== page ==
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Daumen's vision: 'Finding Flowers'

For years, Jessy Daumen has been adding fiddle, mandolin and harmonies to the recordings and performances of an array of Orlando acts, ranging from whimsical children's shows to local listening rooms to a Citrus Bowl stage at last year's Orlando Calling music festival.

Now, at long last, Daumen is stepping into the spotlight with her own solo debut album, "Finding Flowers," which will be celebrated at a CD release show Sunday at Ceviches Tapas Bar & Restaurant in Orlando. The nine-song studio release, recorded at Orlando's Richter Records, is an impressive collision of musical styles that brushes against bluegrass, classical, rock, funk and jazz.

It's far-out and fabulous, a swirling sonic trip. If the Beatles had been influenced by bluegrass titans Flatt & Scruggs instead of the Beach Boys' "Pet Sounds," "Sgt. Pepper's Lonely Hearts Club Band" might have sounded something like this.

Co-produced by Daumen and veteran Orlando musician Davey Schweizer, the tracks feature an A-list of homegrown performers including multi-instrumentalist Anthony Cole (Mofro), Matt Lapham (Shak Nasti) and singer-songwriter Terri Binion.

"I've been so blessed to have so many awesome musicians and people around me," Daumen says. "I've always wanted to do my own thing and finally, last year, I said, 'I'm just gonna do it.'"

Considering the seamless way the expansive songs fold into each other, it's hard to believe that Daumen arrived at the studio with virtually none of the material written.

"I came with a couple of chords and a song idea," she says. "At that point, I was doing a lot of soul searching and getting up super-early in the mornings, trying to read self-help books. I was really thinking about the next step with my career and personal life and everything. I had a head full of thoughts."

The album's opening song, a snippet of an old-time fiddle rendition of "What a Friend We Have in Jesus," was one of several interludes culled from bluegrass recordings that Daumen made as a 10-year-old in North Carolina. As an introduction to "Finding Flowers," the hymn dissolves into an echo-laden conclusion that sounds like the invitation to a flashback or a dream.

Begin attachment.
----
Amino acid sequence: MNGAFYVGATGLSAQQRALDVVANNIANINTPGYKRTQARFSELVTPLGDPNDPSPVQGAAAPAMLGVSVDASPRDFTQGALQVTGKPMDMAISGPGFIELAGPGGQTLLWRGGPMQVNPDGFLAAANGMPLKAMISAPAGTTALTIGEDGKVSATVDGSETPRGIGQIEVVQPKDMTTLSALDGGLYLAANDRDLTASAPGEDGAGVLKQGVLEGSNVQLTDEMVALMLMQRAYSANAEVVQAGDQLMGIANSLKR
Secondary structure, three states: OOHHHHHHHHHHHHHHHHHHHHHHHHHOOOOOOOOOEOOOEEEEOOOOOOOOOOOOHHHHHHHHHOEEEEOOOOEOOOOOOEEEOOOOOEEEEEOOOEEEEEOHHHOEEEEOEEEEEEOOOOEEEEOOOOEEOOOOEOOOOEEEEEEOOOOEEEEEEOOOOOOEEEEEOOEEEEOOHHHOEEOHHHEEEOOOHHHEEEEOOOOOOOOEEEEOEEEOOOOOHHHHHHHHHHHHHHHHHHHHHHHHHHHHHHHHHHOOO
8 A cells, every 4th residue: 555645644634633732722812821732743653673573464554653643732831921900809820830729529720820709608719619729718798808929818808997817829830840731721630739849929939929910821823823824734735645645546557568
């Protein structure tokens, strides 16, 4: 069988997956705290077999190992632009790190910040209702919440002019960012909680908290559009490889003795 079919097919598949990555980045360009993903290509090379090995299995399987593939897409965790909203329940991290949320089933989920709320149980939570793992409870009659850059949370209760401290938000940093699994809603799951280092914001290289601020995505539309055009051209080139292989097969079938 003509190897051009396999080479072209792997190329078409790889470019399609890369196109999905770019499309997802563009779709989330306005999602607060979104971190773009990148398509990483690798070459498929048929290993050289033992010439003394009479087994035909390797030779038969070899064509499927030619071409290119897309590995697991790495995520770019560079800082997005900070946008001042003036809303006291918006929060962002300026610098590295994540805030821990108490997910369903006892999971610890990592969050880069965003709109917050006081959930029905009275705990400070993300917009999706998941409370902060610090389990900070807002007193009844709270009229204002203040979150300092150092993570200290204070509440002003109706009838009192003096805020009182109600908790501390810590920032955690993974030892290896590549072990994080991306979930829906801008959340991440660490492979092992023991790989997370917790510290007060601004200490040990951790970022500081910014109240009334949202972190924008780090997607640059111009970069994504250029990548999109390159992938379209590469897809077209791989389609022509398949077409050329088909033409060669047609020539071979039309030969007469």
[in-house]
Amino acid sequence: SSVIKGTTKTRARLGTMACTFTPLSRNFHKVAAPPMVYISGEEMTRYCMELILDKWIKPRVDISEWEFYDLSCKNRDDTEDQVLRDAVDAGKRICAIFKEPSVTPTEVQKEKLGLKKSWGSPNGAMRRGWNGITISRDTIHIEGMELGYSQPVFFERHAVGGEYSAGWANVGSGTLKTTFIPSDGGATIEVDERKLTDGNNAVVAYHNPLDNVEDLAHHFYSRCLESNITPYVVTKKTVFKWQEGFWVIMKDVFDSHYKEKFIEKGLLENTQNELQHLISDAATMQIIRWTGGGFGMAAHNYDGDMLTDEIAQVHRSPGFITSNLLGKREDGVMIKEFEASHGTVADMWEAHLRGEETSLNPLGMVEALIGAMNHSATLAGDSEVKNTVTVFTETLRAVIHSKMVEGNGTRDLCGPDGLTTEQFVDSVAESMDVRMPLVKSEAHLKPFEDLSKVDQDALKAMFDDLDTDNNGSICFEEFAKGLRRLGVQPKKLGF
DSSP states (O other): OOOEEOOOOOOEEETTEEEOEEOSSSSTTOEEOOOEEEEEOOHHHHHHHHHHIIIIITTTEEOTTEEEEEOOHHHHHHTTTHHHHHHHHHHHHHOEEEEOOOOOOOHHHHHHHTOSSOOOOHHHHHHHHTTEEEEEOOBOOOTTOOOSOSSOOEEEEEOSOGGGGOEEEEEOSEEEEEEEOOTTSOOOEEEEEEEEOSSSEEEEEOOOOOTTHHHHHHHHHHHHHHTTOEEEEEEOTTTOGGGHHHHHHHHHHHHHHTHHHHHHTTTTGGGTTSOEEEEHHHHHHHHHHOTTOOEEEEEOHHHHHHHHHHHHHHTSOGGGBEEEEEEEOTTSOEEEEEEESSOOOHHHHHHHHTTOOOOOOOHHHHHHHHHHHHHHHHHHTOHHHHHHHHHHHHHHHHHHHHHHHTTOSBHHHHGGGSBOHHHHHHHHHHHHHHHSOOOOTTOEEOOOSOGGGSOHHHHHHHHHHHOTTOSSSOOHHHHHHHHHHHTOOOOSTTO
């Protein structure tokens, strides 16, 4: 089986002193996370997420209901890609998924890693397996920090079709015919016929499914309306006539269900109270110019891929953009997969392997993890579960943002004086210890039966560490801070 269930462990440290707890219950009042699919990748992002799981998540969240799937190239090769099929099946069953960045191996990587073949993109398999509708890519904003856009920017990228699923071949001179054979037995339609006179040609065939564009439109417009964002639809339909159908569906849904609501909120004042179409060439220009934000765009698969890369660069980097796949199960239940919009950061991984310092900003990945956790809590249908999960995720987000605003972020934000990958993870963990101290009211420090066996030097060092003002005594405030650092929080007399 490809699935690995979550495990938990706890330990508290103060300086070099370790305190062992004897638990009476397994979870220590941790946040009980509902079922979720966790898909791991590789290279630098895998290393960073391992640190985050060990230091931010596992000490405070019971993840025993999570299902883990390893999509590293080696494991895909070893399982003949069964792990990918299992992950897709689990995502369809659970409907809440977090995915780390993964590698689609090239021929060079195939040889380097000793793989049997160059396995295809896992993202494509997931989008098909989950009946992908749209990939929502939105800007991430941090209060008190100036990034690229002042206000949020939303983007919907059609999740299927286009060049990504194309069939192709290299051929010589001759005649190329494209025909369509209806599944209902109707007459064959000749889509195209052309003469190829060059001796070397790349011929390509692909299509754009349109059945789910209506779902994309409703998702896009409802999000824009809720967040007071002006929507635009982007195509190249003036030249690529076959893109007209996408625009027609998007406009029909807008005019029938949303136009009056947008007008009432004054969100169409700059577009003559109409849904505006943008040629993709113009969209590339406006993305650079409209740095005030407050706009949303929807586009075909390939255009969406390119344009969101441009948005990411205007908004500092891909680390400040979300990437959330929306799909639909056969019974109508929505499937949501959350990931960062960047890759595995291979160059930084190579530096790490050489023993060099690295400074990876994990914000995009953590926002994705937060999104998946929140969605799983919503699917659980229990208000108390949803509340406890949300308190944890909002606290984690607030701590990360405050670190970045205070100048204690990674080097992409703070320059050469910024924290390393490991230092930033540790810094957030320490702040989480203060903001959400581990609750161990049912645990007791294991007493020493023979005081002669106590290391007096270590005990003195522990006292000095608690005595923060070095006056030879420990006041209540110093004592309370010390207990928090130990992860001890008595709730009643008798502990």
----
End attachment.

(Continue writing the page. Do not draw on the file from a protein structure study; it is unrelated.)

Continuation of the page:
In reality, Daumen, 30, describes the songs that follow as a spiritual search. One of the titles, "Reluctant Messiah," is based on a book by "Jonathan Livingston Seagull" author Richard Bach:

"The record really is kind of about finding yourself and where you belong," she says. "It's about searching for the savior inside yourself. You shouldn't sit around and wait for somebody to come save you, because you can make your own miracles happen."

Daumen hopes that the music will conjure images among listeners, a notion that inspired the concept for Sunday's CD release show, a production that will incorporate art, dance and dramatic elements. She will be joined by a long list of her creative friends, ranging from Orlando actor Christian Kelty, choreographer Sunny Raskin, singer-songwriter Joseph Martens (also Daumen's fiancee) and members of the Orlando Russian Ballet.

"I've played a million shows, but I haven't played a whole show of my original music ever," she says. "That is a big deal for me. This is what I see when I make the music and now I just get to share it."

This time, all of Daumen's friends will be helping her shine in the spotlight.

jcabbott@tribune.com or 407-420-6213

Jessy Daumen

What: CD release show for "Finding Flowers"

When: 7 p.m. Sunday

Where: Ceviches Tapas Bar & Restaurant, 125 W. Church St., Orlando

Cost: Free

Call: 321-281-8140

Online: jessicadaumen.com

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